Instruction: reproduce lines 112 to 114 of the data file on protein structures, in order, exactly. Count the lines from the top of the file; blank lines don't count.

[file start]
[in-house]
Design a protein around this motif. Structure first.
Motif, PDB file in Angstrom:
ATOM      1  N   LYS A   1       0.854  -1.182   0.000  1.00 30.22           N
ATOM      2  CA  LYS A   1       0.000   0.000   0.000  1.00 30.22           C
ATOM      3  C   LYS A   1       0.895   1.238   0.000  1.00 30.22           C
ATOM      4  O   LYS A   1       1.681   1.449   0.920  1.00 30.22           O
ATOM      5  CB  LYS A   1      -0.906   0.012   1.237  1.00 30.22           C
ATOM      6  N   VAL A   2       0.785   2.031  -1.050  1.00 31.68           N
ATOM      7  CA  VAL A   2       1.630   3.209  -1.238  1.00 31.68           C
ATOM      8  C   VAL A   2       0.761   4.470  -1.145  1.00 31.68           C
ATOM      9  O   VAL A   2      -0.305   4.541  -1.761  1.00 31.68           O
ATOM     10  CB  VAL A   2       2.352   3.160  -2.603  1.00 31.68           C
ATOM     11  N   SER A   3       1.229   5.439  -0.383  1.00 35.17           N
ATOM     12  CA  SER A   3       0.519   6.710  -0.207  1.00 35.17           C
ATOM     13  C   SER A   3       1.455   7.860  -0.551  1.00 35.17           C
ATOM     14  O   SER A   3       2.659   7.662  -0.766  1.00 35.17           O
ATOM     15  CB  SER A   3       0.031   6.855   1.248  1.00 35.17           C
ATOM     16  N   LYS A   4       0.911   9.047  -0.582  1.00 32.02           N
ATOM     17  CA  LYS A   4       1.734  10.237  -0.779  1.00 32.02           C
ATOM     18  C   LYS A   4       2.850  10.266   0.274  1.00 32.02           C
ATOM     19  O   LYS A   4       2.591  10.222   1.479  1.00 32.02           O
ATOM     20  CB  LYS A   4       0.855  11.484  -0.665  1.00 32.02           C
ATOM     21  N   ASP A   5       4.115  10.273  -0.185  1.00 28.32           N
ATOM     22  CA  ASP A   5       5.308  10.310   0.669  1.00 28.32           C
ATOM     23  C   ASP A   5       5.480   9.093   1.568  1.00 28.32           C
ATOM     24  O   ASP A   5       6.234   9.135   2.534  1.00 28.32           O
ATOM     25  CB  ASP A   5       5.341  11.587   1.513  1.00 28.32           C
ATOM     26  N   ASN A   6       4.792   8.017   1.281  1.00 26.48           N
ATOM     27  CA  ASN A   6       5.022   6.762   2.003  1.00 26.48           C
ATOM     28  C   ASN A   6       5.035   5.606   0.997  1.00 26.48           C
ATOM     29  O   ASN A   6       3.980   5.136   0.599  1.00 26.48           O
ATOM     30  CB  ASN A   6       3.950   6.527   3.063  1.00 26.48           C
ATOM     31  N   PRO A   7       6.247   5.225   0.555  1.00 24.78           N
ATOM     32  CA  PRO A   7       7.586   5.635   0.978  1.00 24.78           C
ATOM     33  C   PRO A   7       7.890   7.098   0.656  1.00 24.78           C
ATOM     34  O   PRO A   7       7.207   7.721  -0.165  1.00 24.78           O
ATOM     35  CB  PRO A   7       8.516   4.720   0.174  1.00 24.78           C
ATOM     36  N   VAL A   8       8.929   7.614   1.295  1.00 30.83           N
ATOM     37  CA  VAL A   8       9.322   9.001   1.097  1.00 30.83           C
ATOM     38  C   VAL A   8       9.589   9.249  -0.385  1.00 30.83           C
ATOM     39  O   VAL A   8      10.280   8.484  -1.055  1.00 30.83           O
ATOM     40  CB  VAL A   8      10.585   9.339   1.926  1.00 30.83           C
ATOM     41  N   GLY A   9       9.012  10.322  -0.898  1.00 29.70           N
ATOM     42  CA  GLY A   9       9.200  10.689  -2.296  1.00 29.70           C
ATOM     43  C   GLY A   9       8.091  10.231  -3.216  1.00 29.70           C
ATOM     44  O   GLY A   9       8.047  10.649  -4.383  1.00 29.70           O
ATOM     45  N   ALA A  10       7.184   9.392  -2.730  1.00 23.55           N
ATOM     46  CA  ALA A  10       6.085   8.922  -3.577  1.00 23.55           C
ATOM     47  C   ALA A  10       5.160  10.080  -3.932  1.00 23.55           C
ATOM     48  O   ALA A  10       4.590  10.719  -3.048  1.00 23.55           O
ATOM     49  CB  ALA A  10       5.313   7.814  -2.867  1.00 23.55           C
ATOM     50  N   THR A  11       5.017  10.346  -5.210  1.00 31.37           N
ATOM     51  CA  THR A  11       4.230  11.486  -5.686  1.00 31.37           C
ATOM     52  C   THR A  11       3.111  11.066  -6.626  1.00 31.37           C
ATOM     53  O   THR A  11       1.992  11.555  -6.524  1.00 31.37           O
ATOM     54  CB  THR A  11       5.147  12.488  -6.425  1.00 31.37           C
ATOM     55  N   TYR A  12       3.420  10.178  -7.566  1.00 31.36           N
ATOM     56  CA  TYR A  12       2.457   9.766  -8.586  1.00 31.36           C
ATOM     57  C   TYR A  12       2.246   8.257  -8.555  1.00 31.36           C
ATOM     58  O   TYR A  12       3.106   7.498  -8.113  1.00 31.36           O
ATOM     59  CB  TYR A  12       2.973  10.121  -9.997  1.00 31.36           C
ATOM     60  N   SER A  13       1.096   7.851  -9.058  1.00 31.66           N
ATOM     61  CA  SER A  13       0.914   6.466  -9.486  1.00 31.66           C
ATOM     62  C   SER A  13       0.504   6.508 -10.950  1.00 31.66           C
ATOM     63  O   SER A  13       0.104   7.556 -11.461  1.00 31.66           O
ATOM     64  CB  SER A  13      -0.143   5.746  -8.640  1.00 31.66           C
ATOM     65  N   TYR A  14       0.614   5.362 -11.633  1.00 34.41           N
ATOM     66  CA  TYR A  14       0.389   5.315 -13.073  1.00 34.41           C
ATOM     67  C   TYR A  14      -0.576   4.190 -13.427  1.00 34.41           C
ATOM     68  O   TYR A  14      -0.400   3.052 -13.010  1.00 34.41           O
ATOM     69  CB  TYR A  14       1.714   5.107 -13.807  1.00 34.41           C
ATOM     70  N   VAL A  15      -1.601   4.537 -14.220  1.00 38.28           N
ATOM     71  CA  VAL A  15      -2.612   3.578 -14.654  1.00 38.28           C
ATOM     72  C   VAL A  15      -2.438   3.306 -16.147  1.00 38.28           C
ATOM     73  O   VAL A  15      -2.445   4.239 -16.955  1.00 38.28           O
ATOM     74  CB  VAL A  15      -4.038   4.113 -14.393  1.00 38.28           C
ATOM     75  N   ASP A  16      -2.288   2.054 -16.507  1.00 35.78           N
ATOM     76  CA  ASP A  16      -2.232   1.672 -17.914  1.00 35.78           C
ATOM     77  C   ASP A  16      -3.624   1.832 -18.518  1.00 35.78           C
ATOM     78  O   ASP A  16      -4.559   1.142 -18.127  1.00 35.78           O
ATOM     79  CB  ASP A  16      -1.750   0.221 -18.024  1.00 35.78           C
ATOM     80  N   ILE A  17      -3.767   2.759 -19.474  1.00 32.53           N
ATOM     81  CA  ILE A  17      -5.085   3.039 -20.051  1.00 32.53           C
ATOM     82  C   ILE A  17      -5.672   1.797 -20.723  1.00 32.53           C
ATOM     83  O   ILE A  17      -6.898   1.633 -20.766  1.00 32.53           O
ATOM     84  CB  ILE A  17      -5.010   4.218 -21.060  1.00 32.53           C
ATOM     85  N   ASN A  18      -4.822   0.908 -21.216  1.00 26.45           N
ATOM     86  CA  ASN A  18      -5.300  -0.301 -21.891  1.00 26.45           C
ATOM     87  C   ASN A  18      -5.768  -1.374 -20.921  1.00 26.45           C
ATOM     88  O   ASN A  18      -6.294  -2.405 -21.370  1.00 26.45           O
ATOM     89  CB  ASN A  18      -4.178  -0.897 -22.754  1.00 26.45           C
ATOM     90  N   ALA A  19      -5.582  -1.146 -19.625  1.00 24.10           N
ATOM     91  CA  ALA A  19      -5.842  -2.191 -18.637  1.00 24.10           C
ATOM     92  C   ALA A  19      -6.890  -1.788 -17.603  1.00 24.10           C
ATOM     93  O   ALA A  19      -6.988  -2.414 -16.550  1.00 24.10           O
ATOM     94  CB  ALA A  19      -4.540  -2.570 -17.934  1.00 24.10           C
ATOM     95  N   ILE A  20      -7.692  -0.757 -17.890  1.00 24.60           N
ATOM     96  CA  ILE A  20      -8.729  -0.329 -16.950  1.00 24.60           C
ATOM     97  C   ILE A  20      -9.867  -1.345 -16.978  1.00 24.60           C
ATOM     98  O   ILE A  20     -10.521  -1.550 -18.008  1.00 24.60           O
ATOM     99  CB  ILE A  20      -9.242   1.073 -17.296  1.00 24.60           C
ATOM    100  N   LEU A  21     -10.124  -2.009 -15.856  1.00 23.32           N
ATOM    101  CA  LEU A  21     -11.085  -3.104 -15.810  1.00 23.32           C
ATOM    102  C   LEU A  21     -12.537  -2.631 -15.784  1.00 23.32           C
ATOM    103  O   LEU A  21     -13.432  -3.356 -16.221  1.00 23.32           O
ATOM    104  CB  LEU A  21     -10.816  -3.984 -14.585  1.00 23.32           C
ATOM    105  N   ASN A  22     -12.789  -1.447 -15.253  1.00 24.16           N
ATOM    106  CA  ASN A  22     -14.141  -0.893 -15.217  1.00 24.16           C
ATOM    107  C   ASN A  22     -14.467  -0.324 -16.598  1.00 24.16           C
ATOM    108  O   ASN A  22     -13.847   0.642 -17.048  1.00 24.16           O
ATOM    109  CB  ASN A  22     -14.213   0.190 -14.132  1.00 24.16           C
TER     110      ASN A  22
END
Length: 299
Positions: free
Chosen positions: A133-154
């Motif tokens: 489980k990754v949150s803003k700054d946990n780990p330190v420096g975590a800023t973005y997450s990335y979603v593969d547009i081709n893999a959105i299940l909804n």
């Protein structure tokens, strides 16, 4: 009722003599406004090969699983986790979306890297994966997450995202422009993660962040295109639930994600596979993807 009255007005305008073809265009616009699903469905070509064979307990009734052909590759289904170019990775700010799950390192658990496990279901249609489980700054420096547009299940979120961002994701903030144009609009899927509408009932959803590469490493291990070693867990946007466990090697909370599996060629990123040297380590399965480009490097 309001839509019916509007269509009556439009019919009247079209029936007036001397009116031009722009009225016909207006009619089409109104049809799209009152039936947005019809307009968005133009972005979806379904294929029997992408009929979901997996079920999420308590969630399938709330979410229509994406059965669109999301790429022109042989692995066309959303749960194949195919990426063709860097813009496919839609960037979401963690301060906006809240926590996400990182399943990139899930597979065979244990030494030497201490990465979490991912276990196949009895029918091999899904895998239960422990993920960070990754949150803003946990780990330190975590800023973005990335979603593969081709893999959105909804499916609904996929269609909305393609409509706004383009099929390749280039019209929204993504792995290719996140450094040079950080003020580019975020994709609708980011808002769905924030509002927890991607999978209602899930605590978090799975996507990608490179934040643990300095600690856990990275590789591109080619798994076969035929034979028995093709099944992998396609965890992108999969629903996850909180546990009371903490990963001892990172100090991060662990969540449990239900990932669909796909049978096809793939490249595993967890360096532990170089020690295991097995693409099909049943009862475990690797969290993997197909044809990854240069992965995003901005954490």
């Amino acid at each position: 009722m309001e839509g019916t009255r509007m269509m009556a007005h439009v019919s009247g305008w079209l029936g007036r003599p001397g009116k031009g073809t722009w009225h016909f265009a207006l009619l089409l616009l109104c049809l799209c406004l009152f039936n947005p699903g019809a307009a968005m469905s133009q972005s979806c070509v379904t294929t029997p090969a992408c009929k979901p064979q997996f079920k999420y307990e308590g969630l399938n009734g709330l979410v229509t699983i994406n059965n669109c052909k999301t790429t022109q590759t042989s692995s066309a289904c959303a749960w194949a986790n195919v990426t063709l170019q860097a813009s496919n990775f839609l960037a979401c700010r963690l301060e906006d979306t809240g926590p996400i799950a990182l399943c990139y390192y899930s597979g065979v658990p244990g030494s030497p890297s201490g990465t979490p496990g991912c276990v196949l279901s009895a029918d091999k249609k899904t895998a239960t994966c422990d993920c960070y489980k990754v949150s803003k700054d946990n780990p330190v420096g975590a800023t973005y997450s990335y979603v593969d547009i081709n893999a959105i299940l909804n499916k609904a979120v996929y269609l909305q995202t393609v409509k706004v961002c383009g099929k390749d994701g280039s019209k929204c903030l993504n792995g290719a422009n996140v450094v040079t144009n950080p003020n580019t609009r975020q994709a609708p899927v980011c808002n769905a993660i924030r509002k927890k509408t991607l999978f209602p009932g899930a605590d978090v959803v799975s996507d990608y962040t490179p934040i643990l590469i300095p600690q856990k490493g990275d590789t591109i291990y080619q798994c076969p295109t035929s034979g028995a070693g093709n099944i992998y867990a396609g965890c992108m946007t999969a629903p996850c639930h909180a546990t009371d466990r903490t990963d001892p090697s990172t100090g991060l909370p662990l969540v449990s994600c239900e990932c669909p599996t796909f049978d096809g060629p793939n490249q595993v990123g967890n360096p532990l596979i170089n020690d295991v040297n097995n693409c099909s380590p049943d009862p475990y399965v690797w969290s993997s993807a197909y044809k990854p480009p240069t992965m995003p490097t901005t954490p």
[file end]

ATOM    109  CB  ASN A  22     -14.213   0.190 -14.132  1.00 24.16           C
TER     110      ASN A  22
END